Vietnam vet prefers focus on those who didn’t return

Army photograph

Retired Army Capt. Jefferson Keel is also Lt. Gov. of the Chickasaw Nation. He’s shown here during a recent visit to the Tomb of the Unknown Soldier at Arlington National Cemetery.

If he were so inclined, retired Army Capt. Jefferson Keel could tell a lot of war stories, having served in Vietnam’s Central Highlands as an Airborne Ranger from 1966 to 1968. He was wounded during the Tet Offensive and returned to Vietnam again from 1970 to 1971, collecting several Bronze Star and Purple Heart medals in the process.

But Keel doesn’t like to talk about his own experiences in Vietnam.

Instead, he prefers to keep the focus on those who never returned — those who paid the ultimate price.

“We often talk about our brothers we left behind in Vietnam, particularly around the time of Memorial Day,” he said, referring to the frequent conversations on social media he has with his fellow brothers-in-arms.

Keel said there are so many he served with who didn’t come home, that sometimes he loses track of their names.

So when he visits the Vietnam Veterans Memorial Wall, he said he looks for the dates on the wall when he was in Vietnam and then goes down the rows of names listed there. When he comes to a name he forgot, that’s when he remembers.

“It’s really an emotional experience,” he said of his visits to the wall. “One of my best friends was killed in February 1967. We were young when we went there. We had high ideals and we thought we would go over there, win the war and go home. But so many of us didn’t.”

Many who did return home came back with post-traumatic stress disorder. Keel said he’s had to work through his own mild case of PTSD, and he suspects everyone who served there has it to a certain degree.

Although Keel honors the memory of those who died in Vietnam, he tries not to focus on the war. Instead, he focuses on the positive things that happened during that time, like making a lot of friends. “Those bonds that we formed while we were there are ‘forever bonds’,” he recalled.

Keel said he attends annual unit reunions when he can. His first tour in Vietnam was with the 1st Cavalry Division and his second was with the 101st Airborne Division. For the first half of his Army career he served as an enlisted Soldier. He left the service to attend college, then returned to the military and finished the second half of his 20-year career as an officer.

When he attends reunions, Keel said he sees his fellow veterans as brothers.

“In combat, there’s no distinction between race or creed or color,” he said. “None of that matters.”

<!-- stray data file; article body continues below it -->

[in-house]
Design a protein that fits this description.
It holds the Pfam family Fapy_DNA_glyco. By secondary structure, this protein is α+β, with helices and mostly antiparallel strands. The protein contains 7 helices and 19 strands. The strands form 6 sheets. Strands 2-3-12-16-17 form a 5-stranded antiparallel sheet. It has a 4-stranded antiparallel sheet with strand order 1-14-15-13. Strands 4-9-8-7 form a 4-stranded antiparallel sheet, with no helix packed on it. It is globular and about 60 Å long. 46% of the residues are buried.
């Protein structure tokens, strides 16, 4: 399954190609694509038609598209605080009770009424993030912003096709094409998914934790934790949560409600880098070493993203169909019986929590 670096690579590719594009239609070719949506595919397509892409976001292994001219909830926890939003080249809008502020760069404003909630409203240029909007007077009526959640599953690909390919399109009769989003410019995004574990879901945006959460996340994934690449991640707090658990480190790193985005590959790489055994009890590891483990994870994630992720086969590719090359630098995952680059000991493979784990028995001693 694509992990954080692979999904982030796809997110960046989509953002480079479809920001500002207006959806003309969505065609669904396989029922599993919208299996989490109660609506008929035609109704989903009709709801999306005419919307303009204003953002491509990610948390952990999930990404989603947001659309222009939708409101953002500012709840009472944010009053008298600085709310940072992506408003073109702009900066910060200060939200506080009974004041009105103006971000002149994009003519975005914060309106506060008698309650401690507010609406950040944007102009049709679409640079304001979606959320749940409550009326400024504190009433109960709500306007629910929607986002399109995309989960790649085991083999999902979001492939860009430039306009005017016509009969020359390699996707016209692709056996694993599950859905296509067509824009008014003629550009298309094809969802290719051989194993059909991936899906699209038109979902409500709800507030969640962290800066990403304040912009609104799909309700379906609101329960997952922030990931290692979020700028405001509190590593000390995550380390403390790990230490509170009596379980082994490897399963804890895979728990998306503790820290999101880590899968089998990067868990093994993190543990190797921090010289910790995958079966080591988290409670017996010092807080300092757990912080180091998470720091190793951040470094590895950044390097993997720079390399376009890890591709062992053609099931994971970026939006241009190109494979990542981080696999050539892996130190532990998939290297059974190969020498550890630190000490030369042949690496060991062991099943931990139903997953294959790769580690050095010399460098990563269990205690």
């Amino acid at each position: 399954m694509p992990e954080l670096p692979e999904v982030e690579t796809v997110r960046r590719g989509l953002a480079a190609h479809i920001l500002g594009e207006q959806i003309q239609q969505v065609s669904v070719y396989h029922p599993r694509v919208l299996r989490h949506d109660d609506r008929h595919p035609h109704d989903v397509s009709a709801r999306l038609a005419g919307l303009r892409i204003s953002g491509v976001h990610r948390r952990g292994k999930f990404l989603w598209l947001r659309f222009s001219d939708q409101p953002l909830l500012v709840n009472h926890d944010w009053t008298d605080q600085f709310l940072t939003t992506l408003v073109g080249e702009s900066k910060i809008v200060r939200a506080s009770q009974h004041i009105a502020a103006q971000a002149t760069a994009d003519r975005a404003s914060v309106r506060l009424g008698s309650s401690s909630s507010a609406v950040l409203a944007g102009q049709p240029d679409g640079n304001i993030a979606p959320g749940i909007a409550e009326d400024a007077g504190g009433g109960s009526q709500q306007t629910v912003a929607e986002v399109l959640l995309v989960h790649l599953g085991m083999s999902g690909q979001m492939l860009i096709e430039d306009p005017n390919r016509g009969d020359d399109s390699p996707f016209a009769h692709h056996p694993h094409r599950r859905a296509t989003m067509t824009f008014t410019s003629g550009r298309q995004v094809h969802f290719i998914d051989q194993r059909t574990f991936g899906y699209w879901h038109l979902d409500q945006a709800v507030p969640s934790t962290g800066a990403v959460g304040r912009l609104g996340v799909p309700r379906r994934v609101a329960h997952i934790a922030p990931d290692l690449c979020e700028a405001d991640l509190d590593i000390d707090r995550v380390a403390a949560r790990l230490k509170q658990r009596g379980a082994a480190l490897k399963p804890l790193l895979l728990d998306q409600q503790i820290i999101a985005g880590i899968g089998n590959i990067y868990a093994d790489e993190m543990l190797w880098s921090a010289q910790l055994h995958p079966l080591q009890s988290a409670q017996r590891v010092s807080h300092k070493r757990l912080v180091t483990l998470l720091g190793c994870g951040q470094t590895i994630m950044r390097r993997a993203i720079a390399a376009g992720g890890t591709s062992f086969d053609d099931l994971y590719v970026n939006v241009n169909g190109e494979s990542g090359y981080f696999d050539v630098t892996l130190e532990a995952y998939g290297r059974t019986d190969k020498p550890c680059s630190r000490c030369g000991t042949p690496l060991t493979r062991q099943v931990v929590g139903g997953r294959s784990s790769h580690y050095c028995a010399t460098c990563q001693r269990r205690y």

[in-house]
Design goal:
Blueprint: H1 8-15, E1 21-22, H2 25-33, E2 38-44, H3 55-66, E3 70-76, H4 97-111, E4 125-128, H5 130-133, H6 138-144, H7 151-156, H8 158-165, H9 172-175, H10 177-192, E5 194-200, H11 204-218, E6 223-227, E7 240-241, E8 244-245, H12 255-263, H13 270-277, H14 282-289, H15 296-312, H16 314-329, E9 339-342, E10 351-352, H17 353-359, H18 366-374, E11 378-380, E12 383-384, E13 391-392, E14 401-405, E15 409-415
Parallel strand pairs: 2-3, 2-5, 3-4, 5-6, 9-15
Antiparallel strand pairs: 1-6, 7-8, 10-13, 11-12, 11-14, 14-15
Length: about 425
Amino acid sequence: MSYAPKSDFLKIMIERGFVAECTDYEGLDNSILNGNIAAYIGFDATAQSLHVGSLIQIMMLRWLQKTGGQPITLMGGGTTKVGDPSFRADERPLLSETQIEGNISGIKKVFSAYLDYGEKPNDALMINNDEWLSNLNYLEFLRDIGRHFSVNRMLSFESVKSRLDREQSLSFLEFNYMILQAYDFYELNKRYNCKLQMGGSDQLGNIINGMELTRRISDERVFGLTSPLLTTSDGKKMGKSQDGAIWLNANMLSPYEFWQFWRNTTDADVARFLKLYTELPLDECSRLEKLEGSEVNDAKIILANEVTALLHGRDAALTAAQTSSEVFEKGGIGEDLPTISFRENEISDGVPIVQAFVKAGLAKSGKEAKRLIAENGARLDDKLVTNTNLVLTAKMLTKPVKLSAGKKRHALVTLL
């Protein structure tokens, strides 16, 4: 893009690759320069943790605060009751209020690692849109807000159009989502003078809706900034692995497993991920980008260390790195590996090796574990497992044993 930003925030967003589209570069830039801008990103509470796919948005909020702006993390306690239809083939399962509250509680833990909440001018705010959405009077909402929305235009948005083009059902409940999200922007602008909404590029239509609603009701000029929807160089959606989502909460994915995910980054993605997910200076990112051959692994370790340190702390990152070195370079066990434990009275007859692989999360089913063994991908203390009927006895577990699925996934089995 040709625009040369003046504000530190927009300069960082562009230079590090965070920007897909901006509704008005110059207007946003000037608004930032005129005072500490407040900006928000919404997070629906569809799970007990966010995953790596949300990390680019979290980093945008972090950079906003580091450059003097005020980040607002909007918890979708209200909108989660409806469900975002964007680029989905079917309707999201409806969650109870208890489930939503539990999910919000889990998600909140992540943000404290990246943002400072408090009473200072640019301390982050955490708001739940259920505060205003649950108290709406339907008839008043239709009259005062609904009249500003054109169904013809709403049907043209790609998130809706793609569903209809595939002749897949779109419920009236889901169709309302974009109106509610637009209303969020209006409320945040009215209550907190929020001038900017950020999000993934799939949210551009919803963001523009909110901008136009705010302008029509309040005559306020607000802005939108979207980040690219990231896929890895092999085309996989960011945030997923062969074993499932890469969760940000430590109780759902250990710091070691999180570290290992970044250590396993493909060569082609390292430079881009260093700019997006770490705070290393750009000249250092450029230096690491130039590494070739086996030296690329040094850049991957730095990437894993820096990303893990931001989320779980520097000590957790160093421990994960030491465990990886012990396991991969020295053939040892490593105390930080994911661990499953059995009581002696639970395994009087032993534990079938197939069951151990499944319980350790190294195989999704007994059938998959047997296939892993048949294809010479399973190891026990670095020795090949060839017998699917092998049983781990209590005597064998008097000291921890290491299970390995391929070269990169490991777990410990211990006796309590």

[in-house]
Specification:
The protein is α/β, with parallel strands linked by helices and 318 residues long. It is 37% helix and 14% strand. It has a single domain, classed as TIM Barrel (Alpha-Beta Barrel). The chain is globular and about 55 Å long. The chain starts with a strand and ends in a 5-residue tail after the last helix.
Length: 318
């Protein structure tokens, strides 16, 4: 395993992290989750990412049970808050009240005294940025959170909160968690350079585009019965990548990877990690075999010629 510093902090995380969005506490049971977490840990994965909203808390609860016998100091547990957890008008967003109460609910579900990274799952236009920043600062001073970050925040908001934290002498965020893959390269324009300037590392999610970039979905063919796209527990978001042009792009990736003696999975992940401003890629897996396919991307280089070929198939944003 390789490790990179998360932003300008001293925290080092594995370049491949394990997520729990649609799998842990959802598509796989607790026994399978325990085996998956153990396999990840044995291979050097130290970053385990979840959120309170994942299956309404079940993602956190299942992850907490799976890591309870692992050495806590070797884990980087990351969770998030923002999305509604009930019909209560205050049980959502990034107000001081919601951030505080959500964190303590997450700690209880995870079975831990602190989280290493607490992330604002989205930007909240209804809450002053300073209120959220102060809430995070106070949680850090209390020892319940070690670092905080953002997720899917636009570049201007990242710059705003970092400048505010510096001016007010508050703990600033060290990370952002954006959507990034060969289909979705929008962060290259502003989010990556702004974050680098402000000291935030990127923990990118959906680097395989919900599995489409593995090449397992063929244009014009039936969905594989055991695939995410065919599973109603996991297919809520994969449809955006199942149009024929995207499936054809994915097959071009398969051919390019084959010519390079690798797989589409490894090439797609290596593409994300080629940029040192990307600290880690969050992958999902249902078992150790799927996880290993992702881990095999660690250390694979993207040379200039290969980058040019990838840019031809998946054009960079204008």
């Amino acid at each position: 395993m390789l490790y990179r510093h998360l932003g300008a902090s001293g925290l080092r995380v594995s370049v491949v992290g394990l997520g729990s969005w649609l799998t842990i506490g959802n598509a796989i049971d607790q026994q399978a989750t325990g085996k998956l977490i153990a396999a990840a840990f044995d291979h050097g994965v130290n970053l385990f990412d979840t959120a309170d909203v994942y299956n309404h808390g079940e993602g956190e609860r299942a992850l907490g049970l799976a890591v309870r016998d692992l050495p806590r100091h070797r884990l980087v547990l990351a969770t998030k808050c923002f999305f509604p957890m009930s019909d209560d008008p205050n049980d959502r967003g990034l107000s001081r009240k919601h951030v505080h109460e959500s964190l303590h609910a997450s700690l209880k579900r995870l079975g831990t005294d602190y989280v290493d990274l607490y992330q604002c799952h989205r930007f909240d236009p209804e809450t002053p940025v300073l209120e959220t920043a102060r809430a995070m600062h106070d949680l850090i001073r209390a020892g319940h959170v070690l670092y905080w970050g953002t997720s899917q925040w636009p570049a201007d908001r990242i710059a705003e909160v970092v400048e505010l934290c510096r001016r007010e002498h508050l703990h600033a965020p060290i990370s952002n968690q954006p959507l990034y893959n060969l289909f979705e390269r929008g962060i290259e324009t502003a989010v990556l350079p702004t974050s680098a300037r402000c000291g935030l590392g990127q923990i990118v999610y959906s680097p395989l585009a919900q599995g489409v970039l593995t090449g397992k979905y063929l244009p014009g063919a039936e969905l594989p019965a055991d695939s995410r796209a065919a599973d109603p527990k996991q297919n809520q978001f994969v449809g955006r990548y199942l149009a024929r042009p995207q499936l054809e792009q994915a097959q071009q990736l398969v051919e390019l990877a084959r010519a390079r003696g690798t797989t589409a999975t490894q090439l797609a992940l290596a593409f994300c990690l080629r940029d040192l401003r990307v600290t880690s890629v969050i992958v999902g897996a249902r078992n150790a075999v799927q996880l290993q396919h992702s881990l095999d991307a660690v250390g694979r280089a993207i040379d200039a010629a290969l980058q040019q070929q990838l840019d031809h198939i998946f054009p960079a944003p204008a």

Chickasaw roots
Keel himself is more than one-half Chickasaw. He lives in Ada, Okla., an area in the south-central part of the state that two-thirds of the 64,000 Chickasaw people call home.

The reason that Keel gets to visit the wall so often is because his duties as lieutenant governor of the Chickasaw Nation take him to Washington, D.C., on a regular basis.

The Chickasaw Nation once had chiefs and kings, he said, but then the people adopted a tribal constitution patterned after the U.S. government, with three branches of government and regular elections.

As lieutenant governor, he represents the governor and the tribe to U.S. government agencies such as the Department of Health and Human Services, the Department of the Interior and the Bureau of Indian Affairs. He’s also called on often to testify in hearings on Capitol Hill.In addition to serving as lieutenant governor of his tribe, Keel also co-chairs a 28-member advisory committee that oversees efforts to erect a memorial to Native American veterans at the National Museum of the American Indian by 2020.

Keel said he also participates in Chickasaw cultural activities at home. While many Indian nations have pow-wows, the Chickasaw have what is referred to as “stomp dances,” he said.

He invited Native as well as non-native people to join in at the stomp dances that occur on a regular basis at the nation’s new cultural center in Sulphur, Okla.

As for future plans, Keel said he wants to continue doing exactly what he’s doing now: serving the Native American communities.

“I’m grateful they allowed me to do this,” he said, referring to the elected office he now holds.